Successfully reported this slideshow.
We use your LinkedIn profile and activity data to personalize ads and to show you more relevant ads. You can change your ad preferences anytime.

Ancient Greece

4,159 views

Published on

Published in: Education, Travel, Technology
  • Be the first to comment

Ancient Greece

  1. 1. Ancient Greece<br />World History 1<br />
  2. 2. Unlike Mesopotamia and Egypt, Greece is small<br />It consists of a mainland covered with mountains and dozens of islands<br />In fact, Greece is some 90% rock, making farming very difficult.<br />On the other hand, there are very few places more than 50 miles from the sea. <br />Thus, where do you suppose the Greeks had to make their living?<br />The Impact of Geography<br />
  3. 3. Made of Mountains<br />
  4. 4. Through much of modern times, the kingdom of Minos on the island of Crete was myth.<br />Little or no concrete proof existed until the 19th century.<br />However, amateur archaeologist Arthur Evans discovered a rich, sophisticated civilization on the island of Crete.<br />Flourishing from 2700 to 1450 BC, the Minoans were not Greek but influenced Greek culture<br />Island Kingdom<br />
  5. 5. Ancient Crete<br />
  6. 6. Crete was ideally situated to trade with everyone or act as middle man for everyone<br />Crete traded finely crafted pottery, gold, silver for other goods.<br />Cretans borrowed techniques from others to improve their own<br />They traded all over the eastern Mediterranean: Greece, Asia Minor, Egypt and Palestine<br />Merchants and Middlemen<br />
  7. 7. Location, Location, Location<br />
  8. 8. The palace of King Minos in Knossos was a masterpiece of engineering and architecture<br />Equipped with indoor plumbing, workshops for making decorated vases, ivory figures and fine jewelry.<br />Rooms were decorated with murals depicting sporting events and nature scenes<br />Storerooms held gigantic jars of olive oil, wine and grain paid as taxes to the king<br />A Wonder of the Age<br />
  9. 9. Nice place but does it have a view?<br />
  10. 10. In 1450 BC, Crete civilization ended in a sudden catastrophe<br />One theory: a massive tidal wave caused by a massive earthquake on or near the island of Thera consumed the island.<br />The most commonly held belief is that the sudden demise came due to an invasion from mainland Greece<br />The invaders were competitors who decided to muscle out their main rivals<br />Sudden, Mysterious End<br />
  11. 11.
  12. 12. The Minoans were replaced by their former competitors, the Mycenaeans.<br />The Mycenaeans came from Asia, migrating to Europe and into Greece ca. 1900 BC<br />They intermarried with locals and controlled Greece by 1600 BC<br />Flourishing from 1400 to 1200 BC<br />The new boys on the block<br />
  13. 13. New Power in the Eastern Med. <br />
  14. 14. Mycenaean civilization was made up of powerful monarchies (warlords?)<br />Each had his own fortified palace situated on a hill surrounded by high walls.<br />The warlords likely formed a loose confederation of independent states<br />They were a warrior people who valued heroic deeds in battle<br />Their murals show battle and hunting scenes<br />Society of warriors<br />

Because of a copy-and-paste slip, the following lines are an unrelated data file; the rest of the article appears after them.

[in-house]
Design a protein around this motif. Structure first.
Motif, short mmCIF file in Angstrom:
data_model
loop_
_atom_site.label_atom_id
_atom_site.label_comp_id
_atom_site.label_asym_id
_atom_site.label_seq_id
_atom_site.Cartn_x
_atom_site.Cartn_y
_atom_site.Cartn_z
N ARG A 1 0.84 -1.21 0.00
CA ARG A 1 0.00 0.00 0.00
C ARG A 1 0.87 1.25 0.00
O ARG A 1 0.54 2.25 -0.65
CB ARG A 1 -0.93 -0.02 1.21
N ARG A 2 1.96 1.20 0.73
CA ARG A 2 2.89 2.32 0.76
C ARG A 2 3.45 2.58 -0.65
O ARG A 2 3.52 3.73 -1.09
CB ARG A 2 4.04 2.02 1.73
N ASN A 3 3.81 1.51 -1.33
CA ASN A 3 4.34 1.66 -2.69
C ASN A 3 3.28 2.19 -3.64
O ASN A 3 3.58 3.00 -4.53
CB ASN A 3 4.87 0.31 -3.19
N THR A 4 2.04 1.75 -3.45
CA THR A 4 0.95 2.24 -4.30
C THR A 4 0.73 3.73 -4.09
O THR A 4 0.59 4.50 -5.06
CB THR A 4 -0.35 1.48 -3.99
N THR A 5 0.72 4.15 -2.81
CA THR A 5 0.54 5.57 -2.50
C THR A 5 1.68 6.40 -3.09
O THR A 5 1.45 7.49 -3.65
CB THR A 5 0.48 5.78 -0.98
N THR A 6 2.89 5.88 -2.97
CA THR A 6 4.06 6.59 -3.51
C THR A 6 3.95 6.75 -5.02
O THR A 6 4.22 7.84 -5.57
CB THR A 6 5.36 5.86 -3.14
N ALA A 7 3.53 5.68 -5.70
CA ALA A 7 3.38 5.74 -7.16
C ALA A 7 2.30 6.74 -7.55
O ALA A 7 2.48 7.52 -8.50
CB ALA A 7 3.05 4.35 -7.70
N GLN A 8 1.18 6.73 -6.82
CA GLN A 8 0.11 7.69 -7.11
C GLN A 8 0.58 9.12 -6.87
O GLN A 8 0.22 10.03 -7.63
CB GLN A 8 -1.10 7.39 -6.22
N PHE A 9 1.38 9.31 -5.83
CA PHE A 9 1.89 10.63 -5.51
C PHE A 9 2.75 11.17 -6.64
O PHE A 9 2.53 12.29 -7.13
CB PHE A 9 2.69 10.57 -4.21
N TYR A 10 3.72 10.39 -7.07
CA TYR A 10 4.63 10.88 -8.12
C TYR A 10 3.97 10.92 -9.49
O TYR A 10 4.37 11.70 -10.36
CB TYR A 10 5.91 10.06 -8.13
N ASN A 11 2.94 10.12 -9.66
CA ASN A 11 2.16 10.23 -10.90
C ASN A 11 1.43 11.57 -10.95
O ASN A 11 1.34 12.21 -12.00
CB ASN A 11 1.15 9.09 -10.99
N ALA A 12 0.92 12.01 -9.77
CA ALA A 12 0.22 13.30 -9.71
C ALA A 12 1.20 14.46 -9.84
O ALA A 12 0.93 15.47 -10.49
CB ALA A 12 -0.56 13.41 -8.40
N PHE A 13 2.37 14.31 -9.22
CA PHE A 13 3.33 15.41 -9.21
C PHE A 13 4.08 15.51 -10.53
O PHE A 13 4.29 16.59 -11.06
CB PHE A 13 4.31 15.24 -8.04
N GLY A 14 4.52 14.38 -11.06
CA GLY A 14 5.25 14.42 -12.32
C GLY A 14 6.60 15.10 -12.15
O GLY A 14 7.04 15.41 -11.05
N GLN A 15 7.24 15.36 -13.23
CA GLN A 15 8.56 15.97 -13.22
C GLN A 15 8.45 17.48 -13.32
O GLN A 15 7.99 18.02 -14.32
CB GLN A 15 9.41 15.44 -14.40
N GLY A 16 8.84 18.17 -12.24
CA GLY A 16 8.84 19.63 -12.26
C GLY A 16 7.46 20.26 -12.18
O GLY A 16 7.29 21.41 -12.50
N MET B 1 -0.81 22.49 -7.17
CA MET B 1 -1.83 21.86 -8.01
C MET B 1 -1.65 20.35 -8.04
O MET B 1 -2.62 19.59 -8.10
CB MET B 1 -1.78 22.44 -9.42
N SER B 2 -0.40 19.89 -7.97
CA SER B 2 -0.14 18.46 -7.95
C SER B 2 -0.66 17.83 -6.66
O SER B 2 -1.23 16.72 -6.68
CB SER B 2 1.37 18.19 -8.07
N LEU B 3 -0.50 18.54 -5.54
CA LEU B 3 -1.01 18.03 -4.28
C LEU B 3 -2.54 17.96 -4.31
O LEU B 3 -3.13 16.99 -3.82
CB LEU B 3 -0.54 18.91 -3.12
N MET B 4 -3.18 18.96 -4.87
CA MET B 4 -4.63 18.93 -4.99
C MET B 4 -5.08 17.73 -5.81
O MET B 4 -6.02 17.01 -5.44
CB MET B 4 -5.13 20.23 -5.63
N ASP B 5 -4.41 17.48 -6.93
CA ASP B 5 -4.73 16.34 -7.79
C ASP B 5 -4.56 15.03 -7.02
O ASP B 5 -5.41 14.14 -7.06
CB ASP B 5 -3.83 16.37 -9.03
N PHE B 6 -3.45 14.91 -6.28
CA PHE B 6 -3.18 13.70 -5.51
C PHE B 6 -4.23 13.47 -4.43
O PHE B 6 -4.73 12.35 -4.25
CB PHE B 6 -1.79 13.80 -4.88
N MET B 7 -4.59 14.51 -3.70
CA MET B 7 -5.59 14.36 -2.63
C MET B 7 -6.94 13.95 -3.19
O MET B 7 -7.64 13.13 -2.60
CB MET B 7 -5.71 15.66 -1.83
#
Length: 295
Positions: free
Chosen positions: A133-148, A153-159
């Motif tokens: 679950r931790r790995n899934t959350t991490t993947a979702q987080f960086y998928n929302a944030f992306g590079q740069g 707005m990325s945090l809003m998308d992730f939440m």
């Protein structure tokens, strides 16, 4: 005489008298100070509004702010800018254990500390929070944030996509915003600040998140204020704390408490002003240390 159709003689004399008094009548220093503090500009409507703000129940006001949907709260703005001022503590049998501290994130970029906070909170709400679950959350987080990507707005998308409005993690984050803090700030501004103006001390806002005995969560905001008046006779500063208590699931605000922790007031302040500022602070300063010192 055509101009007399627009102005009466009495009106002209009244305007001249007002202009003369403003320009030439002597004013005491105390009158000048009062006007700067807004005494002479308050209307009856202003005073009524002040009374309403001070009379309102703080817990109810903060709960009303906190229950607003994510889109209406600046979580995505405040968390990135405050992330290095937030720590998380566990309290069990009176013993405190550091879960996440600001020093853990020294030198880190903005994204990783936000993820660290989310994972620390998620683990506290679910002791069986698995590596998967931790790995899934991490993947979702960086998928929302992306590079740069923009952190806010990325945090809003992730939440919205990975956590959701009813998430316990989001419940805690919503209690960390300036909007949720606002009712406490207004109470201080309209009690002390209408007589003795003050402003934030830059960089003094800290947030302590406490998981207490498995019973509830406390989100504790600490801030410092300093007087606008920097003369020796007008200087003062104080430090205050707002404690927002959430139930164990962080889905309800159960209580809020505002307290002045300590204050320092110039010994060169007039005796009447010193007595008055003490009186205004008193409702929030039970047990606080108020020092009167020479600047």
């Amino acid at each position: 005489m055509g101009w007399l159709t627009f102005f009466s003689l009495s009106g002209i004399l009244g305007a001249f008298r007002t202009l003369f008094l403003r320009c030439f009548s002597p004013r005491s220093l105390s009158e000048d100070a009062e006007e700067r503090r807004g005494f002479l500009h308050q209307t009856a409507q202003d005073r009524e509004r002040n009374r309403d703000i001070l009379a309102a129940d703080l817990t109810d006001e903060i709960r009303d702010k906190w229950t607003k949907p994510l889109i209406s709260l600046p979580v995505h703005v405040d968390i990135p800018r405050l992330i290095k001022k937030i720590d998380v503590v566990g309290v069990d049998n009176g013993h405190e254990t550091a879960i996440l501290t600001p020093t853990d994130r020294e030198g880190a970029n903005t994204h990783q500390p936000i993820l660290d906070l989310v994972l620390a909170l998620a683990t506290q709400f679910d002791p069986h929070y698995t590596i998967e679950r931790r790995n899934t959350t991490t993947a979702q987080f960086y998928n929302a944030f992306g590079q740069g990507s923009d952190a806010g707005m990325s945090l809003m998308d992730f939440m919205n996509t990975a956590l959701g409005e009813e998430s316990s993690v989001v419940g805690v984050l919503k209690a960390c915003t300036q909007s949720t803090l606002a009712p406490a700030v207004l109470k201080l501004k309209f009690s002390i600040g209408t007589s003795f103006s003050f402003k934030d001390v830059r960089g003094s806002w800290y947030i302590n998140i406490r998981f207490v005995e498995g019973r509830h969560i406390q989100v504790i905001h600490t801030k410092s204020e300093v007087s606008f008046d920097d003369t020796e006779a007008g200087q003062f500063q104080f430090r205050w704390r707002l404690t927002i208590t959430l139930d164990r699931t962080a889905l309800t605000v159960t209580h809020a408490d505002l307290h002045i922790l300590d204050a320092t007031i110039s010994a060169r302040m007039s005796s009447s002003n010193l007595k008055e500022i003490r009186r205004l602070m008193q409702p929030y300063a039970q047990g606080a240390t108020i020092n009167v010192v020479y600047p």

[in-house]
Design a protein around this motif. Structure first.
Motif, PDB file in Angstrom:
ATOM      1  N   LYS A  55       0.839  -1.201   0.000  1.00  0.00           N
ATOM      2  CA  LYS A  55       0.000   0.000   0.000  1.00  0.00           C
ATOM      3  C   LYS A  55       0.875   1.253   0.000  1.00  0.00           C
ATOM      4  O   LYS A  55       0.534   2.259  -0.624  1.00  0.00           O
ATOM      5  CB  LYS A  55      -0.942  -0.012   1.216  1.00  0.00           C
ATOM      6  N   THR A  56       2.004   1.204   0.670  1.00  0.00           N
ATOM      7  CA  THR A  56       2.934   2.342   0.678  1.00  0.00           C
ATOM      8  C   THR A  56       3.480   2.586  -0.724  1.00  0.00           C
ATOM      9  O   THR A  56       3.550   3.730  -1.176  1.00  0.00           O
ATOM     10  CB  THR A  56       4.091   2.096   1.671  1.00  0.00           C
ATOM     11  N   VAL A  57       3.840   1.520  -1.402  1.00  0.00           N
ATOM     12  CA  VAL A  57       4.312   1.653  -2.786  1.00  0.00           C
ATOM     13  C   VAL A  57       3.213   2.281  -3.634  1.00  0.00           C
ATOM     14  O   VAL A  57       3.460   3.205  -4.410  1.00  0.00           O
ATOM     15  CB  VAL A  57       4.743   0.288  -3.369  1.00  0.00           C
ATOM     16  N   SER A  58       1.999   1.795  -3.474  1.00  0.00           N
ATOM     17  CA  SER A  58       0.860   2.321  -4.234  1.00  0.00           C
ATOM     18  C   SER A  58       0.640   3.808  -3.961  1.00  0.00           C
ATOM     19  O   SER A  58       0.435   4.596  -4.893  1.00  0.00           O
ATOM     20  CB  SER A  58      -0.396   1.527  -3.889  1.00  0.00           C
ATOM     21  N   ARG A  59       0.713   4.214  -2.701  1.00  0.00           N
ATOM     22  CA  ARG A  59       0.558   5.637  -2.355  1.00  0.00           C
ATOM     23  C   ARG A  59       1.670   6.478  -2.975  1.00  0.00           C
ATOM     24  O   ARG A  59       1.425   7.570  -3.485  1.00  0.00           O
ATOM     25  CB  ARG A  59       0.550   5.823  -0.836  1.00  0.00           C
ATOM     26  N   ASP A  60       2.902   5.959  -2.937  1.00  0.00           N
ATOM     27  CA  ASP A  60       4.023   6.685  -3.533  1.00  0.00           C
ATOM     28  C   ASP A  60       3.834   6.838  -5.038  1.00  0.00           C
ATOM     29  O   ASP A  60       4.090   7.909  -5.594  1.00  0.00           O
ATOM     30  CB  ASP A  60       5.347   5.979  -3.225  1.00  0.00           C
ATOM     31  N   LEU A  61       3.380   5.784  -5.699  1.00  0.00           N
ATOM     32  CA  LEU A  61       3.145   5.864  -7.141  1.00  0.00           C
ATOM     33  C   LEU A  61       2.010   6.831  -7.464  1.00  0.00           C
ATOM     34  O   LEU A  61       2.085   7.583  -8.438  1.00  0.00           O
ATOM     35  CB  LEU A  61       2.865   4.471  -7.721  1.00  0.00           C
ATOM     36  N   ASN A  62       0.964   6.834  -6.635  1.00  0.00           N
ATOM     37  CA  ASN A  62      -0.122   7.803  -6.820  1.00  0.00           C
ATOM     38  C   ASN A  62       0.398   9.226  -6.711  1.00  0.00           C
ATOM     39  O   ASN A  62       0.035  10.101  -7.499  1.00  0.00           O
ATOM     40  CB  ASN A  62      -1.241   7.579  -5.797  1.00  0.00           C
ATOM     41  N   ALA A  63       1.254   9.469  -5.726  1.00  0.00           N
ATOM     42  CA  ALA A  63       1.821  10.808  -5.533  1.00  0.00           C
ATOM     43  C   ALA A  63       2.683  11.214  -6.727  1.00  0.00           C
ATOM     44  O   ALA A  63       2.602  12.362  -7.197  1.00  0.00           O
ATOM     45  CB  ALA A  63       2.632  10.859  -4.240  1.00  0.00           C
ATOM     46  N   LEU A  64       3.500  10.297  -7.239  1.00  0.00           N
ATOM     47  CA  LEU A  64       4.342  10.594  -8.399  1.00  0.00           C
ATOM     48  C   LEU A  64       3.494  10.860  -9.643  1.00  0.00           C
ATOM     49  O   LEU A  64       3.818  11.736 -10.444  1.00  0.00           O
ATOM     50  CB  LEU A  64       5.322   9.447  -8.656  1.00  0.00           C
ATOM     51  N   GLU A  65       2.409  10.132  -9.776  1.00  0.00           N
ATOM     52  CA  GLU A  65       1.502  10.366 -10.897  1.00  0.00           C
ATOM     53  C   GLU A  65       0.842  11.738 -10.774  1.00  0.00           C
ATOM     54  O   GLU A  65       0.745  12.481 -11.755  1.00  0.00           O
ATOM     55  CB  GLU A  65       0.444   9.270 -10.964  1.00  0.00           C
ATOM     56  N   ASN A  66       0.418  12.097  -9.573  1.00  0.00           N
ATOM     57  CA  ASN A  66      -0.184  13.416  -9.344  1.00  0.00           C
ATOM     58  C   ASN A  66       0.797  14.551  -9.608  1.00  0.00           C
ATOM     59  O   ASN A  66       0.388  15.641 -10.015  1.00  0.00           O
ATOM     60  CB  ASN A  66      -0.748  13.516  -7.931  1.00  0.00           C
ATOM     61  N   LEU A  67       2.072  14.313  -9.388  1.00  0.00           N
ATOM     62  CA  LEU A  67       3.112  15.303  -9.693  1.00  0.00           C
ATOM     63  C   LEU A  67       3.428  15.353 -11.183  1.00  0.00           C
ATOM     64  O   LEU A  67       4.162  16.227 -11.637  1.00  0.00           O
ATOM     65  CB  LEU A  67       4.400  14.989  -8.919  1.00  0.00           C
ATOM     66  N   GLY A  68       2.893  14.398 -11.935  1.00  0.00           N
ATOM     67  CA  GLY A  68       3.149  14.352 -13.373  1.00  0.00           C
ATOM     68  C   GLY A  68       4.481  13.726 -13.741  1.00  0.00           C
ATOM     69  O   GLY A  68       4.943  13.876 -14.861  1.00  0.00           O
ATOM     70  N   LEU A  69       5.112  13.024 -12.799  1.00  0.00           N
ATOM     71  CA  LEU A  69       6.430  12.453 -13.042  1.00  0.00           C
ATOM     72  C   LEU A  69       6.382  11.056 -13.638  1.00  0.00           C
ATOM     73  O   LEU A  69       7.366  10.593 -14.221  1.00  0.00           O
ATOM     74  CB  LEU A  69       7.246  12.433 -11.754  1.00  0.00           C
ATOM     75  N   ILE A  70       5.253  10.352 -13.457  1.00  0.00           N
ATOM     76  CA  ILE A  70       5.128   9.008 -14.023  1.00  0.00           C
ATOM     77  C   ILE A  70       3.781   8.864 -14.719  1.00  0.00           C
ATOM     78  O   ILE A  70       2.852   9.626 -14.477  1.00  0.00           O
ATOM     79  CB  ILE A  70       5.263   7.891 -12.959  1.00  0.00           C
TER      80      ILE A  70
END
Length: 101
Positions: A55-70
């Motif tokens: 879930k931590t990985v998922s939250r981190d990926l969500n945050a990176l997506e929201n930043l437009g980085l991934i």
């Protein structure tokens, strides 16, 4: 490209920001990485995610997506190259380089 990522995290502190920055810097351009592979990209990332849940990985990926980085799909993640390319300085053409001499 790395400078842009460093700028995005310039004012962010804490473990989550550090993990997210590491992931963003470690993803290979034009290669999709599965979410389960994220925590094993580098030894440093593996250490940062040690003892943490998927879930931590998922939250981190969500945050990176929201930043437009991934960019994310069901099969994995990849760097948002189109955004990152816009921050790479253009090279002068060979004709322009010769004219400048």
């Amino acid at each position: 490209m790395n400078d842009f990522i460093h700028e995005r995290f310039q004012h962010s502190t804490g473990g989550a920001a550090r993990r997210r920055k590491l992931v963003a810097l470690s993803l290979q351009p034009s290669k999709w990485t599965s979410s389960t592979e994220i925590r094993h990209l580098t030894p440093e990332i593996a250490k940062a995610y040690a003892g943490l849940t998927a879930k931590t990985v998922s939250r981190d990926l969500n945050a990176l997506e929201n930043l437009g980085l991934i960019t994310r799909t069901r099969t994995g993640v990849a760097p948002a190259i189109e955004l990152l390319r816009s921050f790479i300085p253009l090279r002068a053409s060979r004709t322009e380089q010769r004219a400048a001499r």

15. 15. The Mycenaeans made use of the trade network inherited from the Minoans<br />Their pottery has been found from Syria to Egypt, Sicily and southern Italy to the west.<br />Their military expanded the reach as well throughout Greece and the Aegean Sea<br />A Wide Reach<br />
  16. 16. Warriors with Artistic Taste<br />
  17. 17. Homer used the Mycenaean Greeks in his description of the Trojan war.<br />The wife of a Mycenaean king was stolen by visiting Trojans<br />To avenge the insult, Kings Agamemnon and Menalaos launched a force of 1,000 ships.<br />The siege of Troy lasted 10 years, ending with the trick of the Trojan Horse and the sack of the city.<br />The Stuff of Legends<br />
  18. 18. Trojan War<br />
  19. 19. By the late 13th century BC, the Mycenaean civilization was tearing itself apart<br />The warlords fought each other while major earthquakes laid waste their cities<br />In the 12th century BC, Greek-speaking Dorians from the north moved in.<br />By 1100 BC, the Mycenaean civilization had collapsed<br />Living and Dying by the Sword<br />
  20. 20. With the fall of the Mycenaeans, population declined, food production dropped.<br />From 1100 to 750 BC there is little in the way of literature to describe what happened<br />Farming did not start to revive until 850 BC<br />Many Greeks emigrated to the islands or Asia Minor in search of land or work. <br />Some trade did come back and iron replaced bronze as the metal for weapons and tools<br />Dark Ages in Greece<br />
  21. 21. Toward the end of the 8th century BC, Greece adopted and modified the Phoenician alphabet<br />This made communication and writing easier<br />Not coincidentally Homer penned the Illiad and the Odyssey at this time<br />These epic poems gave the Greeks a heroic past, with heroes of courage and honor, who strive for excellence.<br />Muse of a new Greece<br />
  22. 22. Alphabet and Hero<br />Greek hero ideal: Perseus<br />
  23. 23. As life began to return to Greece, the polis became the center of life<br />The polis consisted of the city proper plus the surrounding countryside<br />The town, village or city was the center of the polis where political, religious and social activities took place<br />The Polis<br />